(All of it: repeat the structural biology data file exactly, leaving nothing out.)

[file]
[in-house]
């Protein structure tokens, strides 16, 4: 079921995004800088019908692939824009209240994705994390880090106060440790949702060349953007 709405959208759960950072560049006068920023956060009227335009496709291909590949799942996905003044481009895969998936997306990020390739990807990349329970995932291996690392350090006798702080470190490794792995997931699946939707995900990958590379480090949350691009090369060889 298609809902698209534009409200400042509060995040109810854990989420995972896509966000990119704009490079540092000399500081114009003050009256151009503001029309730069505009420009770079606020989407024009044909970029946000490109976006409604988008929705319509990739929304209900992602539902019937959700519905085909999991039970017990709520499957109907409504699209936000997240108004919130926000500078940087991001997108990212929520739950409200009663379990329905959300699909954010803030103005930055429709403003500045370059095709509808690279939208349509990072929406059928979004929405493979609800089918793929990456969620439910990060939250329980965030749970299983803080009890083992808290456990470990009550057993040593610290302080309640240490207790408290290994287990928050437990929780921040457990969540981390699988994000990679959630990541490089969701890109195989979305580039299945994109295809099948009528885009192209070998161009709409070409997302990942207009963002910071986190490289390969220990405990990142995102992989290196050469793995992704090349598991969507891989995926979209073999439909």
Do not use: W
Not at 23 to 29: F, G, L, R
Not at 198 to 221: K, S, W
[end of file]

[in-house]
């Protein structure tokens, strides 16, 4: 079921995004800088019908692939824009209240994705994390880090106060440790949702060349953007 709405959208759960950072560049006068920023956060009227335009496709291909590949799942996905003044481009895969998936997306990020390739990807990349329970995932291996690392350090006798702080470190490794792995997931699946939707995900990958590379480090949350691009090369060889 298609809902698209534009409200400042509060995040109810854990989420995972896509966000990119704009490079540092000399500081114009003050009256151009503001029309730069505009420009770079606020989407024009044909970029946000490109976006409604988008929705319509990739929304209900992602539902019937959700519905085909999991039970017990709520499957109907409504699209936000997240108004919130926000500078940087991001997108990212929520739950409200009663379990329905959300699909954010803030103005930055429709403003500045370059095709509808690279939208349509990072929406059928979004929405493979609800089918793929990456969620439910990060939250329980965030749970299983803080009890083992808290456990470990009550057993040593610290302080309640240490207790408290290994287990928050437990929780921040457990969540981390699988994000990679959630990541490089969701890109195989979305580039299945994109295809099948009528885009192209070998161009709409070409997302990942207009963002910071986190490289390969220990405990990142995102992989290196050469793995992704090349598991969507891989995926979209073999439909």
Do not use: W
Not at 23 to 29: F, G, L, R
Not at 198 to 221: K, S, W